The issues of patient satisfaction and experience continue to plague the healthcare industry. Naturally clinicians are interested in making a difference in their patients's lives and improving outcomes by finding new ways to optimize care. The Affordable Care Act added another layer by introducing financial incentives associated with patient satisfaction results. Many organizations are guilty of attempting to game the system by focusing excessively on the individual questions asked by satisfaction assessments, instead of organically improving overall care for patients and their families.
The simple truth, backed by research, is that patient's are more appreciative and content with the care they receive when they are treated with respect. Here are two simple tips to help hospital's enhance patient experiences:
Think like a patient: In an article in Forbes Micah Solomon, a customer service, patient satisfaction and patient experience consultant, states that hospital leaders should, "strive actively to experience your care the way that [their] patients do." Until you stand in a patient's shoes it can be difficult to see where care procedures are succeeding and where they could be improved. Solomon suggests providers take tours of their facility as if they were a newcomer, park where patients do and attempt to navigate the hospital in crutches or a wheelchair to assess ease of access and have conversations with individuals a patient would meet to find out if there are any issues (such as avoiding eye contact or speaking negatively) that could be changed.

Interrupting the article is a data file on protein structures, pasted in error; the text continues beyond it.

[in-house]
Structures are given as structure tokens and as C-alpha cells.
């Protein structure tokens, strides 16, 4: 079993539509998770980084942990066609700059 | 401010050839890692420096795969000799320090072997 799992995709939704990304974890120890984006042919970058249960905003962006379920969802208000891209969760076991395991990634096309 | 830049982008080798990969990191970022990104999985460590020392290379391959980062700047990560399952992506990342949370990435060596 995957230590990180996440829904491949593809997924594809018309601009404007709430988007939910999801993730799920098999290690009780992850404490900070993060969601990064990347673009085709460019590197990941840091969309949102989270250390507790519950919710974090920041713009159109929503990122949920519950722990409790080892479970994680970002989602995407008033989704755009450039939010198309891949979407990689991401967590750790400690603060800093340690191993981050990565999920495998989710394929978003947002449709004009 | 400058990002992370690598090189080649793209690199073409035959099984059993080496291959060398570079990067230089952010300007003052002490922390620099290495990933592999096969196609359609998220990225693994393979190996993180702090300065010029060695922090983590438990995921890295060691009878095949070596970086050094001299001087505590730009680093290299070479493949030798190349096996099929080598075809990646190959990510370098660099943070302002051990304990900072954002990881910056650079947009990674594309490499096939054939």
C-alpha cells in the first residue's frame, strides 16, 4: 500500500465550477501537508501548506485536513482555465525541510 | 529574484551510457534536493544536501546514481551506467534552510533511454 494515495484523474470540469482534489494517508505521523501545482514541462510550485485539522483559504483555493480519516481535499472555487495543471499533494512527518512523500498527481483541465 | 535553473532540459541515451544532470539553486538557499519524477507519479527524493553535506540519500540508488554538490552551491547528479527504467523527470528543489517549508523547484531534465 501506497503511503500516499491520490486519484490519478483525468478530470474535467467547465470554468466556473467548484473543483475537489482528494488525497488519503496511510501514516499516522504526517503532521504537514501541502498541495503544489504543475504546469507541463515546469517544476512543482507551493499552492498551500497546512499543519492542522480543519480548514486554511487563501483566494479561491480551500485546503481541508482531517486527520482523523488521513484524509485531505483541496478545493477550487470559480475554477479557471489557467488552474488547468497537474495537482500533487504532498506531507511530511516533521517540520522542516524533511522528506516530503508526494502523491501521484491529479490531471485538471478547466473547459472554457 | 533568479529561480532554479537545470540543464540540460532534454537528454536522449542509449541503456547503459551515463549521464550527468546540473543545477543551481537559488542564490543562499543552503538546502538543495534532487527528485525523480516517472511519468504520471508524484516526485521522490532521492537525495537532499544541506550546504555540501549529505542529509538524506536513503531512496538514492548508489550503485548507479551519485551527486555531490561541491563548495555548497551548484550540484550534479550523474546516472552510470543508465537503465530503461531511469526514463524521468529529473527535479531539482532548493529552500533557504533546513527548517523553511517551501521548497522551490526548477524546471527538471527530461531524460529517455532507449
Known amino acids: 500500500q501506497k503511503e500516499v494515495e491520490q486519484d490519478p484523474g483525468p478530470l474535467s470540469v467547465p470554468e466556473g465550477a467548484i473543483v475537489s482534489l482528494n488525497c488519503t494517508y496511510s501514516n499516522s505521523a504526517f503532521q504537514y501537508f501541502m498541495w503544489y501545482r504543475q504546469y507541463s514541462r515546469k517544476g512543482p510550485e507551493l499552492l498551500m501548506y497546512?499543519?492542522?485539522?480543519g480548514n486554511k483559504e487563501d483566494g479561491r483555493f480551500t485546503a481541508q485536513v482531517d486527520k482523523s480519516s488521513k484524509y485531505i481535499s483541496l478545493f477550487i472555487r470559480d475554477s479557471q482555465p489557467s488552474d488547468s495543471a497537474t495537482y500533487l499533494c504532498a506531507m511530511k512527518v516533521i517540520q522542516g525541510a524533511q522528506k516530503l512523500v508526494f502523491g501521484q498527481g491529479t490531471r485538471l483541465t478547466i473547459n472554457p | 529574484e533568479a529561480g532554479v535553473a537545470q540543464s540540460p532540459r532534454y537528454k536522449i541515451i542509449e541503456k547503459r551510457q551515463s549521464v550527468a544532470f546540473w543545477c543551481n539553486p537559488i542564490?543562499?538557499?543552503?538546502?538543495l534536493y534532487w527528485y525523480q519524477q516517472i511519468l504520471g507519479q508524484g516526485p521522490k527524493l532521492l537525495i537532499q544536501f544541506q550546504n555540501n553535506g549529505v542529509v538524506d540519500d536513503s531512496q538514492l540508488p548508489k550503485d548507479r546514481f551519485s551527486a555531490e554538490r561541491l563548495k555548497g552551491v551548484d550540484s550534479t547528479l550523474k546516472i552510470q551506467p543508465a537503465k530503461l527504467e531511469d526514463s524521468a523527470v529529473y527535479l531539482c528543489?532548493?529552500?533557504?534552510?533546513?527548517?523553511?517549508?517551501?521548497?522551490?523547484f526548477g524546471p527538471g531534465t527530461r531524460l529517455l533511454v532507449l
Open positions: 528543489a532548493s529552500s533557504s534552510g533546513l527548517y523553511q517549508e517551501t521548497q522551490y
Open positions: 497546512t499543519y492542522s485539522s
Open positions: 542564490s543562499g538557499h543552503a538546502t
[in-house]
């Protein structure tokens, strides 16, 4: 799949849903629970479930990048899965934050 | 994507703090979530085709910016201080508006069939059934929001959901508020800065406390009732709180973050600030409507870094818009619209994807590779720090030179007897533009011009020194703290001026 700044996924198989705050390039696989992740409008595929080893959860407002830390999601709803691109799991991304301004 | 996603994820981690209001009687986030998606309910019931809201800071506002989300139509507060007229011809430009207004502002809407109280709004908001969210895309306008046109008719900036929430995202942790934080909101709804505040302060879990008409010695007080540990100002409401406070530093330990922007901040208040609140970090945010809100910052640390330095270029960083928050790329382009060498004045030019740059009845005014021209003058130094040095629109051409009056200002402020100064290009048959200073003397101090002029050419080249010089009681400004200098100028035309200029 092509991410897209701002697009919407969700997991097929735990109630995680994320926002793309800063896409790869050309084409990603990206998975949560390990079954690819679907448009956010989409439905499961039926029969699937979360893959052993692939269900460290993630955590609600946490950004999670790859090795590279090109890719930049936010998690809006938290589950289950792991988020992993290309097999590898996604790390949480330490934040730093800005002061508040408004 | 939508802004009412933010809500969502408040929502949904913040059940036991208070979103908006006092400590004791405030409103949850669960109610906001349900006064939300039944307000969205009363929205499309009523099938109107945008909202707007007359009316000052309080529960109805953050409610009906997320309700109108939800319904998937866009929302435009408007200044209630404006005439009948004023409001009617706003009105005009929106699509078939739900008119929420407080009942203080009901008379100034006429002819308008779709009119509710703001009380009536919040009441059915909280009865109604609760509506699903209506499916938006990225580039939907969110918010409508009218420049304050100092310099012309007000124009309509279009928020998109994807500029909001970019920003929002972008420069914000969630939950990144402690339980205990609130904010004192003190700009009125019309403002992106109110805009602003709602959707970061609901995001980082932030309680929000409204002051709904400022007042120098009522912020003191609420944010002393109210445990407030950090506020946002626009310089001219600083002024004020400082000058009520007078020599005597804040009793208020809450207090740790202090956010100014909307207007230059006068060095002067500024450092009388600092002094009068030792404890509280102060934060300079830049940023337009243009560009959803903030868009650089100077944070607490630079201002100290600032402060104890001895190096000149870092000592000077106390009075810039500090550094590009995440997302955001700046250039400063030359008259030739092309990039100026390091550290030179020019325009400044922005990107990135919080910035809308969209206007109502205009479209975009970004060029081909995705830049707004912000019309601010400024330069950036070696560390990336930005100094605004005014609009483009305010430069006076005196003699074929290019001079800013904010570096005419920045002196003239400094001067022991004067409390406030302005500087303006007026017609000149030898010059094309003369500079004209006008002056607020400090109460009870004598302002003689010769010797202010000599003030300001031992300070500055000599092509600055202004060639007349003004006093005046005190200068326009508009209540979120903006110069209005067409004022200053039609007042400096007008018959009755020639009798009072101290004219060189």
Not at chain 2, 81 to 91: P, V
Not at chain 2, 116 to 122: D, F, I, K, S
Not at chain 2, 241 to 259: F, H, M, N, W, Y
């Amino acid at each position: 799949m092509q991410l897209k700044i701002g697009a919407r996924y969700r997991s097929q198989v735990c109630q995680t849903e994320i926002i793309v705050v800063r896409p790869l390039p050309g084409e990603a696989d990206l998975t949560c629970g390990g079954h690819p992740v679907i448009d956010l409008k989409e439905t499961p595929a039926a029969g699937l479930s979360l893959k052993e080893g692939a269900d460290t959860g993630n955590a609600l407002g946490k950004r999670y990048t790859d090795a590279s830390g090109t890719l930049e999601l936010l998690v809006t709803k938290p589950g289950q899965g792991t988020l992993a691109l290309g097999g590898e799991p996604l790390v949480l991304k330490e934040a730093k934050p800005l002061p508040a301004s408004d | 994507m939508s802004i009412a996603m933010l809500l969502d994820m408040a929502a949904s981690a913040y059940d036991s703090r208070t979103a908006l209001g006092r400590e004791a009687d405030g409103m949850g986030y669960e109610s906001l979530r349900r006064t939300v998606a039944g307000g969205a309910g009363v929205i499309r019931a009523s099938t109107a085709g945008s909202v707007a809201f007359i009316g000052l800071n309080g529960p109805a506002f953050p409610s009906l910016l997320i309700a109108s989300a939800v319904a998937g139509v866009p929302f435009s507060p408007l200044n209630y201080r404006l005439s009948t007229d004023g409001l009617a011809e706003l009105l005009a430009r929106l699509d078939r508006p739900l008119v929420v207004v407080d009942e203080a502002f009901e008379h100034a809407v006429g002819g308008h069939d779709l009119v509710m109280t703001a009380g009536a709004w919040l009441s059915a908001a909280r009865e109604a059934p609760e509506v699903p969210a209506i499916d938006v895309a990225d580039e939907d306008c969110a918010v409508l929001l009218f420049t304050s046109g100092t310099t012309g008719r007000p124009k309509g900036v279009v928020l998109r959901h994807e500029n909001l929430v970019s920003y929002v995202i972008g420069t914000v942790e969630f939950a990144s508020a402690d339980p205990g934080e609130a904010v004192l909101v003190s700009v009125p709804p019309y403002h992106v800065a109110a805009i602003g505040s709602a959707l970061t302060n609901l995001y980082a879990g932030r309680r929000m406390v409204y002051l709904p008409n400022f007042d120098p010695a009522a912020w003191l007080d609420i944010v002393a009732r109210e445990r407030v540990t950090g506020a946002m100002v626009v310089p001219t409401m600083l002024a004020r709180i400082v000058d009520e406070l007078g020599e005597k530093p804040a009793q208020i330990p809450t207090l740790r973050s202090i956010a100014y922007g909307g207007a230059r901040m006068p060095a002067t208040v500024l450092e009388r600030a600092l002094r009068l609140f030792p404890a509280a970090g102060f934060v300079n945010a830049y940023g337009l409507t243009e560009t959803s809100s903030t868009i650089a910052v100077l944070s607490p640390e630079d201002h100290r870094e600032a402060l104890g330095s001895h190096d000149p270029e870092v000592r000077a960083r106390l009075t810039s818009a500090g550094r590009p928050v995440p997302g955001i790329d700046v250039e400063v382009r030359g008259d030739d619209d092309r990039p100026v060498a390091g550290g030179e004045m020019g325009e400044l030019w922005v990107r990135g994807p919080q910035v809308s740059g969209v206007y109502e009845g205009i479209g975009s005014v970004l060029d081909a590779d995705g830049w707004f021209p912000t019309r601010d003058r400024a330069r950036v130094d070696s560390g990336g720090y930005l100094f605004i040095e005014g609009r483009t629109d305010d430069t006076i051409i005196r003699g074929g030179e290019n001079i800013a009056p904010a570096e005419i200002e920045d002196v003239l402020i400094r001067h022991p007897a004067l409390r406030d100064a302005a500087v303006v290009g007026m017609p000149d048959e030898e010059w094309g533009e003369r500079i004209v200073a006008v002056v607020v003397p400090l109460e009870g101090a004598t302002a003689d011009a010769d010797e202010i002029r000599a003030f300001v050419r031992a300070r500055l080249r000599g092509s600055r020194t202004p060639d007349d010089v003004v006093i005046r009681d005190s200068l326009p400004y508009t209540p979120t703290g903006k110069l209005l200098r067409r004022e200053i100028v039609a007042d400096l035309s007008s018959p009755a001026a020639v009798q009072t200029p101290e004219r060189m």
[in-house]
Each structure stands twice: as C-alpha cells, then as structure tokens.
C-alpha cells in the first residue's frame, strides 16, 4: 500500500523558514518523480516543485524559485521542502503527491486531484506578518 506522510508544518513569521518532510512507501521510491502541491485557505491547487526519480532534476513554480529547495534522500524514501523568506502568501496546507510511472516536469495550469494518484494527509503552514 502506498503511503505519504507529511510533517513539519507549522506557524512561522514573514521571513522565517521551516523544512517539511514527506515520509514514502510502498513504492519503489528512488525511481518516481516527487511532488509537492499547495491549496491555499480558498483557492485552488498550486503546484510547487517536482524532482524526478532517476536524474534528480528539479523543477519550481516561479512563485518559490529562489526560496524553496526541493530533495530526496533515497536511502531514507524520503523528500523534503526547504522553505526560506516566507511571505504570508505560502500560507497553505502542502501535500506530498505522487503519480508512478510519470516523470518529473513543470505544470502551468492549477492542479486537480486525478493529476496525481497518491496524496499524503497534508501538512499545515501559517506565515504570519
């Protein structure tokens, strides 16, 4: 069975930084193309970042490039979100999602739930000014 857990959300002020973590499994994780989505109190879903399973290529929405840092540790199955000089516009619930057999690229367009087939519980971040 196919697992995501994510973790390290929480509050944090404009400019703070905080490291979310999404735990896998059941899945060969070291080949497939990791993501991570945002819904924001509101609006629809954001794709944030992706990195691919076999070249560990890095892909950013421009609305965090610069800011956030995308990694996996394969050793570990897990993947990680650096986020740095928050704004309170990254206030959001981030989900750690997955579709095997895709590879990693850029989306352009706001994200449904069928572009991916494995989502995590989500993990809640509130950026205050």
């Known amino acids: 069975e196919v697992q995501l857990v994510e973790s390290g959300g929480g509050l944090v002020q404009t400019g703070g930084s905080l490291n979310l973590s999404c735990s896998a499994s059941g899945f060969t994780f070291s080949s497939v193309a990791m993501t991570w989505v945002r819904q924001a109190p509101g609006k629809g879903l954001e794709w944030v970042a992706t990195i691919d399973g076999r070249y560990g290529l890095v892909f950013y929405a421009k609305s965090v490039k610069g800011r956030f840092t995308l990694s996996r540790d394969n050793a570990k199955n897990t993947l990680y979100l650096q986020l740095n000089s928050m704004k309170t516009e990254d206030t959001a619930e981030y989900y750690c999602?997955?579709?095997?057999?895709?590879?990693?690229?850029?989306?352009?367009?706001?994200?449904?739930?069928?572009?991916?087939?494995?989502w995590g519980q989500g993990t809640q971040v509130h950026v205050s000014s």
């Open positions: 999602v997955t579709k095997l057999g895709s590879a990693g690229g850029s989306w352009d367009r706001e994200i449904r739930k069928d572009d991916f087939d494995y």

Treat patients like customers: Non-healthcare consumer-oriented industries have taken customer service to new levels. Healthcare providers can learn a lot from simply by taking cues from such organizations and treating patients like customers who expect top-notch service.
It is essential for healthcare leaders to use empathy to fully understand they kind of care their patient's experience. Programs like Patient Approved can also help, by providing doctors and hospitals with feedback from patients regarding their treatment.